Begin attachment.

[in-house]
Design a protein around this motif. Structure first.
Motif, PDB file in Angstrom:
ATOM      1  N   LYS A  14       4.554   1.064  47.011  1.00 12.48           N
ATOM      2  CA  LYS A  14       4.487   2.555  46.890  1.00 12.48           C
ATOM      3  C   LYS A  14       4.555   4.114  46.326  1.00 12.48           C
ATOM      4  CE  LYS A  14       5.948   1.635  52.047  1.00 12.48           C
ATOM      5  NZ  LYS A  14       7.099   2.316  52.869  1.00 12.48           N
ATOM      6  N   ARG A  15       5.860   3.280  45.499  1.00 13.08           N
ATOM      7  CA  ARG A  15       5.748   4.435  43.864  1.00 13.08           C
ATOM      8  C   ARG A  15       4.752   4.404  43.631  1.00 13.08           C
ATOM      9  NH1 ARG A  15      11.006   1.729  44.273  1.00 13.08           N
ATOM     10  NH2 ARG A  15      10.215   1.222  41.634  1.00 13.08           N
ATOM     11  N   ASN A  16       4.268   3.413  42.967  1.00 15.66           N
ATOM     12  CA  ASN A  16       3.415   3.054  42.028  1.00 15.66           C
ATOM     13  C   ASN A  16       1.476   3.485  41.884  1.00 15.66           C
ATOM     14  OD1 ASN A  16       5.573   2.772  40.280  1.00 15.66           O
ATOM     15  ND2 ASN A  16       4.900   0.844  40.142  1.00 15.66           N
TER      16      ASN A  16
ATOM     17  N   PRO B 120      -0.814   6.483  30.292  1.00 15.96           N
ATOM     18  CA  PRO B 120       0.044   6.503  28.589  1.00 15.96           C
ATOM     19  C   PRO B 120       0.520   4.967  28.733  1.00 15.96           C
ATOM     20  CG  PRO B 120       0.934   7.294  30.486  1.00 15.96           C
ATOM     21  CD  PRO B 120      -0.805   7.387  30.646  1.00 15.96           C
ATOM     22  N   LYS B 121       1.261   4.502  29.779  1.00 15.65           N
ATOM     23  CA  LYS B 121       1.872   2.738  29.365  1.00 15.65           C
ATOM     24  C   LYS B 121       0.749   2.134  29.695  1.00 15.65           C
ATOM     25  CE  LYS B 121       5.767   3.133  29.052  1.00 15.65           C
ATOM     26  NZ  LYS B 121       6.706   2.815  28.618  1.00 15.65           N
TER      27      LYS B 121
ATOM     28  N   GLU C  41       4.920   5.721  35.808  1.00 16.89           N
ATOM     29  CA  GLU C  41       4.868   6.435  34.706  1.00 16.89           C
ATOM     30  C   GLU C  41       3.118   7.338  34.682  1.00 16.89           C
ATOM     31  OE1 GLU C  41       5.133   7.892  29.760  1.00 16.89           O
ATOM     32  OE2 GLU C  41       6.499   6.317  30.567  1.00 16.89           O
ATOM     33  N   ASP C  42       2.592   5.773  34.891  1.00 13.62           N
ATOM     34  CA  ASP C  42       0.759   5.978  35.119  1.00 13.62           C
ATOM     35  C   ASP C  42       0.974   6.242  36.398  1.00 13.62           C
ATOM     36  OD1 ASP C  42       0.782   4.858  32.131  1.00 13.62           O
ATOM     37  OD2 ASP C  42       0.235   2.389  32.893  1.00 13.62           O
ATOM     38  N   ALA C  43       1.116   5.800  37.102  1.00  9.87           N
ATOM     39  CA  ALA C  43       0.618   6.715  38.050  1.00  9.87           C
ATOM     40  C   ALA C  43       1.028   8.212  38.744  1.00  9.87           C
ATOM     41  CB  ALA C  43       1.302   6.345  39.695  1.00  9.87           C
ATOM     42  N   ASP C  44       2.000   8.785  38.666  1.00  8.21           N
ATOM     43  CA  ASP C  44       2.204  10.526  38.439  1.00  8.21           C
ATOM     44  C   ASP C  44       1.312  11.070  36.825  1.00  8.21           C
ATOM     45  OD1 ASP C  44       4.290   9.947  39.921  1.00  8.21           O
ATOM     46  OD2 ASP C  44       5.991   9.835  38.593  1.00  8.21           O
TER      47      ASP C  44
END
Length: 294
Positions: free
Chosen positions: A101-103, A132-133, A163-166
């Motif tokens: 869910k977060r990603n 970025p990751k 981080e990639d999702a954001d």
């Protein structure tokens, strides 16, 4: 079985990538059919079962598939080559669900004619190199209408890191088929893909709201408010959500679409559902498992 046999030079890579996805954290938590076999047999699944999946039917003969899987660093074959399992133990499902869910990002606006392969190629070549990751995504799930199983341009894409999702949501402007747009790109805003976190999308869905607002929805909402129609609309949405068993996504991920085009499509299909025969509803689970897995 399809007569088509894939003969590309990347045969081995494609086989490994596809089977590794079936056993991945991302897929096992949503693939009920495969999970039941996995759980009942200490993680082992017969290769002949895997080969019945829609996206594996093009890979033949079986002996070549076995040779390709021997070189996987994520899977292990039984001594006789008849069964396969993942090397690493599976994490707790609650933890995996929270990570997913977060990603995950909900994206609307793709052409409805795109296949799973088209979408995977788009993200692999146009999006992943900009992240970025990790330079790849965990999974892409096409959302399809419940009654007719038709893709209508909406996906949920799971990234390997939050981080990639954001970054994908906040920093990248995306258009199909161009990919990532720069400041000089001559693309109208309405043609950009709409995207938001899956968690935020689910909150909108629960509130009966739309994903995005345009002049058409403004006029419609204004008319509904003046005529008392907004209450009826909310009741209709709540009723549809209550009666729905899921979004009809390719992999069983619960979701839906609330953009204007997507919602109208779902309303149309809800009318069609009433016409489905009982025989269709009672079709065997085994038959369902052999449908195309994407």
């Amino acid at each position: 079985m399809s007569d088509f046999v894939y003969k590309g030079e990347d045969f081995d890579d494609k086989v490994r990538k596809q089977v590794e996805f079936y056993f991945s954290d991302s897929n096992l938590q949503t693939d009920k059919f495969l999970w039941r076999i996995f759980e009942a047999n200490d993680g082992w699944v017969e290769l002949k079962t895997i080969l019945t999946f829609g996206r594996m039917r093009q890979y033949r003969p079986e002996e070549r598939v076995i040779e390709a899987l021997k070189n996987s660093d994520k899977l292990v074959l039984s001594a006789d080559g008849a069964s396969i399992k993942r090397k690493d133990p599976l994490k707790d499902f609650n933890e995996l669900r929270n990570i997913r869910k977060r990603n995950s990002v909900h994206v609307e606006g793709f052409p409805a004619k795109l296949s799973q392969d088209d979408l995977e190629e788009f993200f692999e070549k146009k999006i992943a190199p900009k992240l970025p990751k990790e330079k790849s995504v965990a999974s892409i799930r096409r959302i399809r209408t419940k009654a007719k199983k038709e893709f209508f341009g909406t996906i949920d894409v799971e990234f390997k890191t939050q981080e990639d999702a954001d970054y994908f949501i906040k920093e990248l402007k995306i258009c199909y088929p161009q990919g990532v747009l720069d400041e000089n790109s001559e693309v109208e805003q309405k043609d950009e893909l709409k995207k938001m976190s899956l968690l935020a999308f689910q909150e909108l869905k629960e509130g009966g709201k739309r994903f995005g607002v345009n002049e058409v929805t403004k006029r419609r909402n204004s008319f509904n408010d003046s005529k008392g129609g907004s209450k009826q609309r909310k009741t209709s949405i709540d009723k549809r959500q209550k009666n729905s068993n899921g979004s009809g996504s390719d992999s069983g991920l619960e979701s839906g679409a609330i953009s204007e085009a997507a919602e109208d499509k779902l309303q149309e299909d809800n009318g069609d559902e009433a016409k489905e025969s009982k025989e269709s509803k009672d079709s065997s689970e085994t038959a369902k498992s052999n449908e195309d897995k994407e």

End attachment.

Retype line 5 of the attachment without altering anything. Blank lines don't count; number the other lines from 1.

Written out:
ATOM      2  CA  LYS A  14       4.487   2.555  46.890  1.00 12.48           C